In a piece in the Los Angeles Times today, James Rainey writes that “some critics said Monday that [Dan Rather] should be dropped as a reporter on ‘60 Minutes Wednesday.’”
He then quotes exactly zero critics saying as much.
Leo J. Flynn, a professor quoted immediately following the “some critics” line, does say that Rather “is really the responsible person in the public mind” — a statement that could be taken to mean that Rather must go. But that’s a stretch, and it’s as close as we get in Rainey’s story to someone calling for Rather’s head.
There are four other people quoted in the piece: CBS veteran Linda Mason; Matthew W. Sheffield, the co-editor of the anti-Rather website RatherBiased.com; recently fired CBS producer Mary Mapes; and an anonymous CBS employee. Mason says that “Rather’s hectic schedule meant that ‘he was not as involved as he should have been’” in the ill-fated September 8 report, but she never says he should be dropped. Sheffield “seemed willing to say that Rather’s upcoming departure as anchor was sufficient punishment.” (Rather plans to step down in March.) Mapes does damage control, repeating her contention that she vetted the story to her own satisfaction and committed no journalistic crimes. And the anonymouse discusses Mapes, not Rather.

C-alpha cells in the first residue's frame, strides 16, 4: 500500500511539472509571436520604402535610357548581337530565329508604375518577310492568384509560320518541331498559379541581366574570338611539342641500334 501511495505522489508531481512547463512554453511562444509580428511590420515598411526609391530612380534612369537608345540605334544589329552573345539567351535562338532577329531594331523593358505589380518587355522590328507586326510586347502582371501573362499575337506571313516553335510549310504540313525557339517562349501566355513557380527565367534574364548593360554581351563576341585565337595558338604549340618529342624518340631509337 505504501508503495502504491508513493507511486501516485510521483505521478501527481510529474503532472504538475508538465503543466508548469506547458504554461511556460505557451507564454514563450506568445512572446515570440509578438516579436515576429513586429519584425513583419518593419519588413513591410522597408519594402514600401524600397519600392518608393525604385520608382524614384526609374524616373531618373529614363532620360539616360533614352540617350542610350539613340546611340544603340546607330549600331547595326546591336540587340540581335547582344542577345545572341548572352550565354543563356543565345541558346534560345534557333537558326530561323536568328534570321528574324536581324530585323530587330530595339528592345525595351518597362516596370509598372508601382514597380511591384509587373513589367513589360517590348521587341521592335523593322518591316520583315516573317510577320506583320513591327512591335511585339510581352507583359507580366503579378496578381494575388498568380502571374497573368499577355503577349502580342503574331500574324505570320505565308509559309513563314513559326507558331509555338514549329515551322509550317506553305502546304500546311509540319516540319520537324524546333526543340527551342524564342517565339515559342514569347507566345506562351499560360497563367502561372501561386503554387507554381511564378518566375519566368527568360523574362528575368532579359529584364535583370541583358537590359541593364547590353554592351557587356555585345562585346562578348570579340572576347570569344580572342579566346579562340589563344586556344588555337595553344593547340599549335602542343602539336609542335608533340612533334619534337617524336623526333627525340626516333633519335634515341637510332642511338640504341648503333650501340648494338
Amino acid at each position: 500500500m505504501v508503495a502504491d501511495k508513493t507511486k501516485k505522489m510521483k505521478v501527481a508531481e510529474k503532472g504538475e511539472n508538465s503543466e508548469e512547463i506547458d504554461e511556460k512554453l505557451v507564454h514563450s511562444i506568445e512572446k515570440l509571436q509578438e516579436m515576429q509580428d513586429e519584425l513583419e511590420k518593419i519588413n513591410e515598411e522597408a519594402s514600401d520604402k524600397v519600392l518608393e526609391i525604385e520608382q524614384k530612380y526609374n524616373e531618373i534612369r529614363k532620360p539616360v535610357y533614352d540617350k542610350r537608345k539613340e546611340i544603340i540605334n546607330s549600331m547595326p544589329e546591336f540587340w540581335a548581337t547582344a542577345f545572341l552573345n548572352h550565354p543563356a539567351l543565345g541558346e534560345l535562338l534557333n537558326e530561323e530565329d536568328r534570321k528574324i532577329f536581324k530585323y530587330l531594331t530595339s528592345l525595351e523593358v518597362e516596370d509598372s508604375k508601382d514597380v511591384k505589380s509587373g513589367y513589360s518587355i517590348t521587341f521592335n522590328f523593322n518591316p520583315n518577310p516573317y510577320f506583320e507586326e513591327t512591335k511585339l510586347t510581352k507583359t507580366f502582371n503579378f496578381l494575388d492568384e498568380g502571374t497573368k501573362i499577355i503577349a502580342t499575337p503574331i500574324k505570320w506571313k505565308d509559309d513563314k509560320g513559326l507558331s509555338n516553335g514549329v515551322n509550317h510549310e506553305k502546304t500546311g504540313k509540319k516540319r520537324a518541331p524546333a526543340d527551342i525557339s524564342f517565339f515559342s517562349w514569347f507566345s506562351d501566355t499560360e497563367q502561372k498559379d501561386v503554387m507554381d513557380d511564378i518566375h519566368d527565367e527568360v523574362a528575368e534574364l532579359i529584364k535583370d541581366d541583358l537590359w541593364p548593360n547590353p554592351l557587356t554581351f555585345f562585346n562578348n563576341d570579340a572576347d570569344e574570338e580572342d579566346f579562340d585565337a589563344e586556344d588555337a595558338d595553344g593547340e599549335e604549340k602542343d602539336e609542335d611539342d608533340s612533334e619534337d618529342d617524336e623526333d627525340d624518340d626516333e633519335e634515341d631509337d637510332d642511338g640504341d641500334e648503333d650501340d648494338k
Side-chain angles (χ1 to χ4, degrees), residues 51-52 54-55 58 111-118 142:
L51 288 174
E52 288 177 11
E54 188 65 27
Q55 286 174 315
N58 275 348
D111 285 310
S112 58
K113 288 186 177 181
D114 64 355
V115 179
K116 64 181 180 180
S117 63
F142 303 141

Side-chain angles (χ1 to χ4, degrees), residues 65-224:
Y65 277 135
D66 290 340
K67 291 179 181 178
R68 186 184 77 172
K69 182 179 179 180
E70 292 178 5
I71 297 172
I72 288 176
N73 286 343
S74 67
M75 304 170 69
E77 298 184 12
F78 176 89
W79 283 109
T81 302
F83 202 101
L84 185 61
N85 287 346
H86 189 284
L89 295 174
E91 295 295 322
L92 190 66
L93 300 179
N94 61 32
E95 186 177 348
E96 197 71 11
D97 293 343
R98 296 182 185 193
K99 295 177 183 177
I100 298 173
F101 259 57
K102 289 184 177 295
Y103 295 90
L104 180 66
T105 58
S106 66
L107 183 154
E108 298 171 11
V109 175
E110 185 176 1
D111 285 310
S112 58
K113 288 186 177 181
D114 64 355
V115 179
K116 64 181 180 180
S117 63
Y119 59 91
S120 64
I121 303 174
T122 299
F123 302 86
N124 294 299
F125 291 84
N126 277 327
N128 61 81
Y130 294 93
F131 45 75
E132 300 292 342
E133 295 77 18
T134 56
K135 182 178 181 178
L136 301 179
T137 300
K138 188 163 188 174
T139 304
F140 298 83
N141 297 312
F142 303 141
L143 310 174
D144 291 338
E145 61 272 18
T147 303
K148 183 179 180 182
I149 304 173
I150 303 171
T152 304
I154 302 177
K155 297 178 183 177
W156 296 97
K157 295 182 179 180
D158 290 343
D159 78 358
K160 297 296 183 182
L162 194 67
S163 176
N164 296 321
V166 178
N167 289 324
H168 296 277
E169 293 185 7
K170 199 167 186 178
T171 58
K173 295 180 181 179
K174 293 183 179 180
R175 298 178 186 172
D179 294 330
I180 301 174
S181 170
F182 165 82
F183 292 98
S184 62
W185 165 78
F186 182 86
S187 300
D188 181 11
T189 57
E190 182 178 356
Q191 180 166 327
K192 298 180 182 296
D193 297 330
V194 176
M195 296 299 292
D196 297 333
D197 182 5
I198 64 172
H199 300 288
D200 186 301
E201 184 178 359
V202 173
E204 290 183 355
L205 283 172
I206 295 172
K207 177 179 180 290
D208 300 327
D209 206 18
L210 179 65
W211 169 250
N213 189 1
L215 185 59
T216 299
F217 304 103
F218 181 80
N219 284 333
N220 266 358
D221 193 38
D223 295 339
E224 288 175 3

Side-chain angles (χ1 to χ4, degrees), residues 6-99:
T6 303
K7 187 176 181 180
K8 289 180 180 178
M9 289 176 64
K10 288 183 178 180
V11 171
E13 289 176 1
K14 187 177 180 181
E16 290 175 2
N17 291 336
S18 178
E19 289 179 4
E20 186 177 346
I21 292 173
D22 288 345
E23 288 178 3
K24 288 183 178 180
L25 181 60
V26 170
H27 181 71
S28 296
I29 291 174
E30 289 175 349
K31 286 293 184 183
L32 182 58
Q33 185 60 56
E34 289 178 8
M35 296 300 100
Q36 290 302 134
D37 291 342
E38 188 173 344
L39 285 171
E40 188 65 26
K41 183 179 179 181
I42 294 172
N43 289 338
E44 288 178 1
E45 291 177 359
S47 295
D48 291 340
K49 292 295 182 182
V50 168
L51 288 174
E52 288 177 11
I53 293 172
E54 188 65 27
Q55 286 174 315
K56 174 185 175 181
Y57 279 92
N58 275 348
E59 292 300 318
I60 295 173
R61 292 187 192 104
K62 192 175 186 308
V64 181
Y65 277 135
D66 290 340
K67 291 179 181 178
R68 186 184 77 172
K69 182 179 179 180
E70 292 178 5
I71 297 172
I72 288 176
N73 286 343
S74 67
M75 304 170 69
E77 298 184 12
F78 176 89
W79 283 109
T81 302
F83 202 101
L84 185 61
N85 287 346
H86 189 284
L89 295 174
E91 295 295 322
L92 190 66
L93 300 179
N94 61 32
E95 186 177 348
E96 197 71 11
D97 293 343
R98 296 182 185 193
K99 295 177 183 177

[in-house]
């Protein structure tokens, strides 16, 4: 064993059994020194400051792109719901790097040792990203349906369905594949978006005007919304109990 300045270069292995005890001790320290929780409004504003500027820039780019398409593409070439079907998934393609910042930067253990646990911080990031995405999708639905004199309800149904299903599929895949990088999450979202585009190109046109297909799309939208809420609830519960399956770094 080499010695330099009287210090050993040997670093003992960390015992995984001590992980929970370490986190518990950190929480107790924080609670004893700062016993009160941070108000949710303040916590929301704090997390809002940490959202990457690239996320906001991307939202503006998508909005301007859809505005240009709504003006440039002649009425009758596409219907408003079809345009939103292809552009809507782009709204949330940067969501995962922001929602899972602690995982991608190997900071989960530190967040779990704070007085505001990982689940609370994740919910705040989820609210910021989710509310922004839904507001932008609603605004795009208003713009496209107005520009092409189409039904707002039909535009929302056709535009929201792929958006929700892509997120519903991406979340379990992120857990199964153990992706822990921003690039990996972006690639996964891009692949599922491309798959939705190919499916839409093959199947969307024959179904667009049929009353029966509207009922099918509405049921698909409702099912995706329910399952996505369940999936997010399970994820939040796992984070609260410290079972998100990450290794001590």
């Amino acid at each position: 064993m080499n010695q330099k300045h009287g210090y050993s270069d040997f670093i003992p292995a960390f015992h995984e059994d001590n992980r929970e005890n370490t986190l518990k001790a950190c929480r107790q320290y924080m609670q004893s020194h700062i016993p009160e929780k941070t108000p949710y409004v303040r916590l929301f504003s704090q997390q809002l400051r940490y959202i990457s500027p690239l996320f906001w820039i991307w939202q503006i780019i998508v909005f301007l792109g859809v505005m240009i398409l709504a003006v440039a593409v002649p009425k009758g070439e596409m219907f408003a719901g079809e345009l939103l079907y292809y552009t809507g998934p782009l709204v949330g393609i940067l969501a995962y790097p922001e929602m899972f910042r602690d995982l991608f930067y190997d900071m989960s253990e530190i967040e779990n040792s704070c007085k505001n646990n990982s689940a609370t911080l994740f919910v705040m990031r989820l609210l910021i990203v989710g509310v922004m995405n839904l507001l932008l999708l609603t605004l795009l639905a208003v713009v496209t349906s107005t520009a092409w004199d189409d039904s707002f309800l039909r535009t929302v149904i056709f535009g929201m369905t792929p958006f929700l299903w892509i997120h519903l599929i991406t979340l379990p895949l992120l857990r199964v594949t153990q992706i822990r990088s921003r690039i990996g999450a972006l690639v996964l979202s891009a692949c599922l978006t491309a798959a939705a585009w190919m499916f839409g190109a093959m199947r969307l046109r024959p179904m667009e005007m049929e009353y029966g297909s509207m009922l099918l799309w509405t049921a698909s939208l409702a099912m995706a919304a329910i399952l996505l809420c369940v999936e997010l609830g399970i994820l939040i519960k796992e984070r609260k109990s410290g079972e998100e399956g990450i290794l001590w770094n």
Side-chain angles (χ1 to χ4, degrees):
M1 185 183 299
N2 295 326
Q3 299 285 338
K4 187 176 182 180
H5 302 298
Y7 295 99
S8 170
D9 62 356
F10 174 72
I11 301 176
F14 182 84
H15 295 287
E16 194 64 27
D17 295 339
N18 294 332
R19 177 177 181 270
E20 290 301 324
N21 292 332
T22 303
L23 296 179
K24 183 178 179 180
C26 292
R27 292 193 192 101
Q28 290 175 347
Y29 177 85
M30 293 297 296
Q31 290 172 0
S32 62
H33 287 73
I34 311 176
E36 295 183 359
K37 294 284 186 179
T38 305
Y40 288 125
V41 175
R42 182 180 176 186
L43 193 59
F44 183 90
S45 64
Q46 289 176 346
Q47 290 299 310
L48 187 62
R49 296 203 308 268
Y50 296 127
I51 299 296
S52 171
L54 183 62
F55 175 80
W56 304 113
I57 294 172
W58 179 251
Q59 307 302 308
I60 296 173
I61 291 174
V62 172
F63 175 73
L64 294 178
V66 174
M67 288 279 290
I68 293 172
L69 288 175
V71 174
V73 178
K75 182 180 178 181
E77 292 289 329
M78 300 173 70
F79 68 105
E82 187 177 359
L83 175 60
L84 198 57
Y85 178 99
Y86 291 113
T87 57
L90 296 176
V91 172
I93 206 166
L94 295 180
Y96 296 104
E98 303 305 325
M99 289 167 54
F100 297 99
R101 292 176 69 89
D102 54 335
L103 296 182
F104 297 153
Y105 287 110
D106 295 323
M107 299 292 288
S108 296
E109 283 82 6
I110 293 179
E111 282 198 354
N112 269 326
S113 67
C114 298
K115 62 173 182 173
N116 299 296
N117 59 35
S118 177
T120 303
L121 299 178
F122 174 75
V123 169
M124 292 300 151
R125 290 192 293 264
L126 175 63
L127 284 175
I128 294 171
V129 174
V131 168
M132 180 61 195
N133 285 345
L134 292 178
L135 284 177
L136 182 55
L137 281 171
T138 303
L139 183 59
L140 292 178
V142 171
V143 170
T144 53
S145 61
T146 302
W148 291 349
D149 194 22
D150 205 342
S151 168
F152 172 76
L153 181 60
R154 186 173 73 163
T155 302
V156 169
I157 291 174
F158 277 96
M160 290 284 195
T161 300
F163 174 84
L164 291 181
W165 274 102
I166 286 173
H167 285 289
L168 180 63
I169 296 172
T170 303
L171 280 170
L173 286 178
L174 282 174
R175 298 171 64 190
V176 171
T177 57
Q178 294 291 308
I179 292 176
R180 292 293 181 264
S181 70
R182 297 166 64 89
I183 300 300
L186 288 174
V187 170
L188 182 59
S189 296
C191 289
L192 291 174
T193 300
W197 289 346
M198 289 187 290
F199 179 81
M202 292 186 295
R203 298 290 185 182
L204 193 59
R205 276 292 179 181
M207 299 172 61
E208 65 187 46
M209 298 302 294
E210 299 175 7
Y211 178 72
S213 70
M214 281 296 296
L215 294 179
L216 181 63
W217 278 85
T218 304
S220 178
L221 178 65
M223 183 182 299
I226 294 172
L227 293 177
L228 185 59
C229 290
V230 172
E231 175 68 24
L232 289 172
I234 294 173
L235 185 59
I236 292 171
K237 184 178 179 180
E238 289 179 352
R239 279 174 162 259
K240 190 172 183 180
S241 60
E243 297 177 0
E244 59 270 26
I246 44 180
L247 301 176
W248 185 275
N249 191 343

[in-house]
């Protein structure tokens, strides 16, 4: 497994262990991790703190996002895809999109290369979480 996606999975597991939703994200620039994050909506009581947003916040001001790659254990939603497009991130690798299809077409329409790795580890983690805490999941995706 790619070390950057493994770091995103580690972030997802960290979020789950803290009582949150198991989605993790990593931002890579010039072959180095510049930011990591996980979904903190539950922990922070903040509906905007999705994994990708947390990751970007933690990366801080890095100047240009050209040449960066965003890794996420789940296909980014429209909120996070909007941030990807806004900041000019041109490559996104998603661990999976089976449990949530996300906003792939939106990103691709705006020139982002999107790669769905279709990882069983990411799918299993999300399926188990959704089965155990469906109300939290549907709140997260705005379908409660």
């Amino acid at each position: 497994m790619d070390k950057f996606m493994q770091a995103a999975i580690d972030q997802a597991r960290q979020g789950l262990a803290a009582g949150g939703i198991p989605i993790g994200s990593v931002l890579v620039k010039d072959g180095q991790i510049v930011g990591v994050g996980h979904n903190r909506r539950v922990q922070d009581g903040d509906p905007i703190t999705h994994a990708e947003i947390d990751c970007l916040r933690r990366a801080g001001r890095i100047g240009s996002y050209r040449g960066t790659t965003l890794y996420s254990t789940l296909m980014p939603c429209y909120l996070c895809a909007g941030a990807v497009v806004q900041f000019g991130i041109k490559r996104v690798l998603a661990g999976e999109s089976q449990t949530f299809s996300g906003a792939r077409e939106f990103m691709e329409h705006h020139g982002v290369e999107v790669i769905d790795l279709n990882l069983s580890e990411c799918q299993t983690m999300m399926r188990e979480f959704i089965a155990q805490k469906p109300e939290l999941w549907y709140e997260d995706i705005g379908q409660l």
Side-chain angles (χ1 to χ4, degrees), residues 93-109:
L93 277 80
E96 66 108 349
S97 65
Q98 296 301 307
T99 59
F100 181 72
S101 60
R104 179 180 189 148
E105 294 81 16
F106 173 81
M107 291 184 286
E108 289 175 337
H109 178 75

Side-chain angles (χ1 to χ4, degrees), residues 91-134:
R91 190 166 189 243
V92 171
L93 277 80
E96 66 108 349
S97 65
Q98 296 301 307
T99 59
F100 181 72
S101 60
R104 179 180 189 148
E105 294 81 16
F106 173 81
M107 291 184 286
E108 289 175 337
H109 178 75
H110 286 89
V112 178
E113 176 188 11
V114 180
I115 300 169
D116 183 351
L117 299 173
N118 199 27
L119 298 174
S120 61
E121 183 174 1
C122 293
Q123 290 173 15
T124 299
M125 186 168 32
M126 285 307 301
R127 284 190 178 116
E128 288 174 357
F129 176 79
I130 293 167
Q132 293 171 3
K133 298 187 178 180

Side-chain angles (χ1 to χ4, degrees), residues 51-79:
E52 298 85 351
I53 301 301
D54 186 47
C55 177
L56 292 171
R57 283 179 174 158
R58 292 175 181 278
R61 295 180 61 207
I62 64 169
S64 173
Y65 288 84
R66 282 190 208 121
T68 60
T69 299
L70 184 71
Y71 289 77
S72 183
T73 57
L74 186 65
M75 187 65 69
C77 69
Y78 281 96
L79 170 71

Of course, anyone who’s wandered the freewheeling and sometimes hyperbolic blogosphere in recent days know that there’s a veritable lynch mob of self-appointed moralizers calling for Rather to be taken off the air. But when a reporter like Rainey uses a construction like “some critics say …” there needs to be legitimate, credible voices cited to buttress the assertion. Had Rainey put the offending sentence up front, where one might expect it — the headline of the piece, after all, is “CBS Went Easy On Rather, Critics Say” — then this would be a case of an unsupported lede. Since it’s in the sixth paragraph, however, it’s both unsupported and buried, making it a doubly dubious journalistic achievement.